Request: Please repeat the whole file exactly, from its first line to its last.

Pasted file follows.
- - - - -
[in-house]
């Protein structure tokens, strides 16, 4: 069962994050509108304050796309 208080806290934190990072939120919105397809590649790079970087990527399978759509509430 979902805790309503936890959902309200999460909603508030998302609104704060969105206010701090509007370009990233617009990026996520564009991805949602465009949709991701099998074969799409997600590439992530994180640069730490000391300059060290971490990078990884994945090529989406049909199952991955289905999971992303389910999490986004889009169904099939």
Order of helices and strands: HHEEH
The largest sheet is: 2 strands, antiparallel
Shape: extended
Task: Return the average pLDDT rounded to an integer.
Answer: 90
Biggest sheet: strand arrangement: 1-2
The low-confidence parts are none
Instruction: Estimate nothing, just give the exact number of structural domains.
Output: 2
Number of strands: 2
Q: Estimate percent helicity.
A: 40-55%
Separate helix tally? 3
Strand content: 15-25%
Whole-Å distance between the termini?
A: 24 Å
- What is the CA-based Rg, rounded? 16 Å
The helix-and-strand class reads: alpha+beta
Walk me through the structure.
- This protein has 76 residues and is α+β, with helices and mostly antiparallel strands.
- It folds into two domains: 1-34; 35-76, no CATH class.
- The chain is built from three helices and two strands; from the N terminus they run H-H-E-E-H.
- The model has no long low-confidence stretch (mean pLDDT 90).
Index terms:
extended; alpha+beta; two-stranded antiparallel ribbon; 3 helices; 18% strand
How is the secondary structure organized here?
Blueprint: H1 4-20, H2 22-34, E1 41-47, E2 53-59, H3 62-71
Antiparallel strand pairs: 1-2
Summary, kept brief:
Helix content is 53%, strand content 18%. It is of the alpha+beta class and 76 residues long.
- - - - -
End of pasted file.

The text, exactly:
[in-house]
């Protein structure tokens, strides 16, 4: 069962994050509108304050796309 208080806290934190990072939120919105397809590649790079970087990527399978759509509430 979902805790309503936890959902309200999460909603508030998302609104704060969105206010701090509007370009990233617009990026996520564009991805949602465009949709991701099998074969799409997600590439992530994180640069730490000391300059060290971490990078990884994945090529989406049909199952991955289905999971992303389910999490986004889009169904099939």
Order of helices and strands: HHEEH
The largest sheet is: 2 strands, antiparallel
Shape: extended
Task: Return the average pLDDT rounded to an integer.
Answer: 90
Biggest sheet: strand arrangement: 1-2
The low-confidence parts are none
Instruction: Estimate nothing, just give the exact number of structural domains.
Output: 2
Number of strands: 2
Q: Estimate percent helicity.
A: 40-55%
Separate helix tally? 3
Strand content: 15-25%
Whole-Å distance between the termini?
A: 24 Å
- What is the CA-based Rg, rounded? 16 Å
The helix-and-strand class reads: alpha+beta
Walk me through the structure.
- This protein has 76 residues and is α+β, with helices and mostly antiparallel strands.
- It folds into two domains: 1-34; 35-76, no CATH class.
- The chain is built from three helices and two strands; from the N terminus they run H-H-E-E-H.
- The model has no long low-confidence stretch (mean pLDDT 90).
Index terms:
extended; alpha+beta; two-stranded antiparallel ribbon; 3 helices; 18% strand
How is the secondary structure organized here?
Blueprint: H1 4-20, H2 22-34, E1 41-47, E2 53-59, H3 62-71
Antiparallel strand pairs: 1-2
Summary, kept brief:
Helix content is 53%, strand content 18%. It is of the alpha+beta class and 76 residues long.